Wednesday, October 17, 2007

The Minister's Resources

Last week I was asked to make a presentation for a group of "pastoral care givers" at a local, religious-affiliated retirement center on "A Christian Theology of Suffering."

Before starting that talk, I shared some reflections on my seminary service some years ago as a chaplain in large, urban hospital in Louisville, Kentucky. One comment that stuck in my mind from that experience was an observation made by one of my supervising chaplains. He said that the minister is the only one who comes to visit a patient carrying nothing in his hands. The doctor comes with the stethoscope, the nurse with an instrument to measure blood pressure or a needle, the orderly with a meal, but the pastor comes with empty hands. I know the point he was trying to make, but I would respectfully correct his statement. We do not come with empty hands. We do not come with ourselves alone. We come with significant pastoral resources.

Here are four of the pastoral resources which the Christian minister (whether he holds the office of Pastor, Elder, Deacon, or the general office of believer) brings:

1. We come with a people. We are representative people. When we minister we represent the church. This is why it is so important that all ministers be rooted in a local church. We are not free-lance ministers. Paul said that we are Christ’s ambassadors (2 Corinthians 5:20). We represent His body.

2. We come with prayer (see James 5:13-18). Rarely will a sick or dying man deny the offer of prayer. Always be ready to offer to pray with and for someone with whom you are ministering.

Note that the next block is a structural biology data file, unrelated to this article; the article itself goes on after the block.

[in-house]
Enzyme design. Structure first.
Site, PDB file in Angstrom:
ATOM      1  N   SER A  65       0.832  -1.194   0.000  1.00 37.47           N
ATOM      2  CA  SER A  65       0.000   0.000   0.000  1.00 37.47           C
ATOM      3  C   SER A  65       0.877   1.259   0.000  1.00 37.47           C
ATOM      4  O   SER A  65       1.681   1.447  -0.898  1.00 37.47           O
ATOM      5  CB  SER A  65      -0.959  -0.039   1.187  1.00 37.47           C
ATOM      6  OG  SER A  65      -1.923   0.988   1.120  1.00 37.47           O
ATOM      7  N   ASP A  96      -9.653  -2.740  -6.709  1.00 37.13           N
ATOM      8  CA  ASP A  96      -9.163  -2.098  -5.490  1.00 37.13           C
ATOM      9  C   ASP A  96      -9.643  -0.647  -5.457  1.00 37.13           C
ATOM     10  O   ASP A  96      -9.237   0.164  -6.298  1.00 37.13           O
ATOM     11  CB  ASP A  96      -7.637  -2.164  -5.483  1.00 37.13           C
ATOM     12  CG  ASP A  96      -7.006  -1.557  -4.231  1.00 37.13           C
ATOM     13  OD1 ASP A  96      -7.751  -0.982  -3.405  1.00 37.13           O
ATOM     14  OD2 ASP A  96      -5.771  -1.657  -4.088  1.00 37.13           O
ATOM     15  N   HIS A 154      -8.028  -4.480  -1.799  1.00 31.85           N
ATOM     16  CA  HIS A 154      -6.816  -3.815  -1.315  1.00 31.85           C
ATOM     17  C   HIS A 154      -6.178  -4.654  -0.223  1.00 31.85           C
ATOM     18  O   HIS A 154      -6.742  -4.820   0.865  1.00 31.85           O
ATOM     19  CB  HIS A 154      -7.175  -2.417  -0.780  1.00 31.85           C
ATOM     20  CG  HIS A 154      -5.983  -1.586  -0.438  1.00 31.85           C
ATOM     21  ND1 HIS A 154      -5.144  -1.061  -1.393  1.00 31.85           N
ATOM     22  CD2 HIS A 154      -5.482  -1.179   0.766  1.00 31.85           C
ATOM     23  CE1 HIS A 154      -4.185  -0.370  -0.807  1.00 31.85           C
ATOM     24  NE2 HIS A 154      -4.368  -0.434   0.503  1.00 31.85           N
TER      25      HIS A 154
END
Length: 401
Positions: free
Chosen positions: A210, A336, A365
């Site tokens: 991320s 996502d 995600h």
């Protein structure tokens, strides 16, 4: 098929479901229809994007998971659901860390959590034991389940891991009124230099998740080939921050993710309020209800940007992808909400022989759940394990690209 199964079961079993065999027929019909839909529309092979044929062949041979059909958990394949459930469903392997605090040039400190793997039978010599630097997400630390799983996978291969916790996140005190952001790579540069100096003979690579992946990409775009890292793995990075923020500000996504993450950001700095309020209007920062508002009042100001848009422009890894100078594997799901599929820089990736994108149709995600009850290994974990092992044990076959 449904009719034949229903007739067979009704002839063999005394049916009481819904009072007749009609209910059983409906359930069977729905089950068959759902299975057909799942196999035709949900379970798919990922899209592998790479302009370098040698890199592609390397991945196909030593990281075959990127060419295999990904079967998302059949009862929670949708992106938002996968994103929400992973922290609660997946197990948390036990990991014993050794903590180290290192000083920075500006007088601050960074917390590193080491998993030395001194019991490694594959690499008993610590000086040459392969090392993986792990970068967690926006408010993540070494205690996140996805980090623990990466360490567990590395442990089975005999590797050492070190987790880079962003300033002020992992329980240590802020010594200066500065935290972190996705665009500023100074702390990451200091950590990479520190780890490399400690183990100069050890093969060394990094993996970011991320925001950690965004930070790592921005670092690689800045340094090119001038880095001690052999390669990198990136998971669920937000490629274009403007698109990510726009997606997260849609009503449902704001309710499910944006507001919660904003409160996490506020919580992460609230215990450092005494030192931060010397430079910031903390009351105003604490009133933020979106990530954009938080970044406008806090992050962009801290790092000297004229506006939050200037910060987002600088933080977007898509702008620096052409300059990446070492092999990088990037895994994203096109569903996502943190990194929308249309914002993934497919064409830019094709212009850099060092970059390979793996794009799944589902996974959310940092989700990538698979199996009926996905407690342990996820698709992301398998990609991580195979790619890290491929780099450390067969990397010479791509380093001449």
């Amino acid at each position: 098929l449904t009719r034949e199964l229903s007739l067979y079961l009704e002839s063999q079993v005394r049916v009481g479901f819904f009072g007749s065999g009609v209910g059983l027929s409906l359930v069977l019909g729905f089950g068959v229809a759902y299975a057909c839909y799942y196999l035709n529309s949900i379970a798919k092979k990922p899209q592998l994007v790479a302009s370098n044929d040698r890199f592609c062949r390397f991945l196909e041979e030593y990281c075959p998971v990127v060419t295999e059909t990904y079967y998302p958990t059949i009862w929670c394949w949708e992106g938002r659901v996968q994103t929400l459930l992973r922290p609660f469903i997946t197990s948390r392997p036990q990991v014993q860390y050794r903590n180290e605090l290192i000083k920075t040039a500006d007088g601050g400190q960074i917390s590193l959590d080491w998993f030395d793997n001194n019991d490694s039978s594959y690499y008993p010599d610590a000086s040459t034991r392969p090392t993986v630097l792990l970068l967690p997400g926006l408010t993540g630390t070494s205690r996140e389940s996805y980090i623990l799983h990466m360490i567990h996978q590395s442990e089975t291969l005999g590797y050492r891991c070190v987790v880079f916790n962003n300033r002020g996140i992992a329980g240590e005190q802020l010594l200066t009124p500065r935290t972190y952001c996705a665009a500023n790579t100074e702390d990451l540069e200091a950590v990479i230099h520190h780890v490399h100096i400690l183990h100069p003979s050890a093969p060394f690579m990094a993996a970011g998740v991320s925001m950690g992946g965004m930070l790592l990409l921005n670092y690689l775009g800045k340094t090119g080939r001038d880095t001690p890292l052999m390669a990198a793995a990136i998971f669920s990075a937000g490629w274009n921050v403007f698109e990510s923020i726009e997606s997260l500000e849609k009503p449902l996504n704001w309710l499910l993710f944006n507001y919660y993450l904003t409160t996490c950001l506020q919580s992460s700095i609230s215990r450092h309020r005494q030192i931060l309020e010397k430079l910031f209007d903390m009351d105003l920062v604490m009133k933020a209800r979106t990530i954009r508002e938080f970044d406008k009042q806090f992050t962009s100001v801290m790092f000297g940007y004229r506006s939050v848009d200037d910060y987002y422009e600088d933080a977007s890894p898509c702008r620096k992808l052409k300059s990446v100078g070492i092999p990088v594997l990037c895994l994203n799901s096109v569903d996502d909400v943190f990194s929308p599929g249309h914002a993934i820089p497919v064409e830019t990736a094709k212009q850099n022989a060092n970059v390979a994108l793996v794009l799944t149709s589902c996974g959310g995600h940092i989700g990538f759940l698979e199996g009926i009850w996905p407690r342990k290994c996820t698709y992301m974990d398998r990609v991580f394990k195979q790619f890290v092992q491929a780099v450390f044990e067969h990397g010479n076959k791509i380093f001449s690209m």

3. We come with Scripture. Rarely too will a man deny the reading of Scripture. Go to the well worn passages of comfort: Psalm 23; Psalm 56:3; Romans 8:28; 1 Corinthians 10:13. God’s Word will never return to Him void (see Isaiah 55:11). Read it aloud with the one to whom you minister and trust it to accomplish its purpose. We come with the sword of the Spirit which is the Word of God (Ephesians 6:17).

4. We come with doctrine. We come with a theology. You remember the old saying, "You are what you eat"? Well, for us the phrase is, "You are what you believe." We come with a well-ordered Christian theology. We do not hold an amorphous belief in some generic God. Mere belief in God (theism) is not enough. James 2:19 says, "You believe that there is one God. You do well. Even the demons believe--and tremble!" We believe in the God of the Bible. We believe in Christ. We believe in the power of the gospel.

My fellow ministers, take up these resources and use them in your personal ministry wherever and whatever that might be.

Grace and peace, Pastor Jeff Riddle
Evangel article 10/17/07

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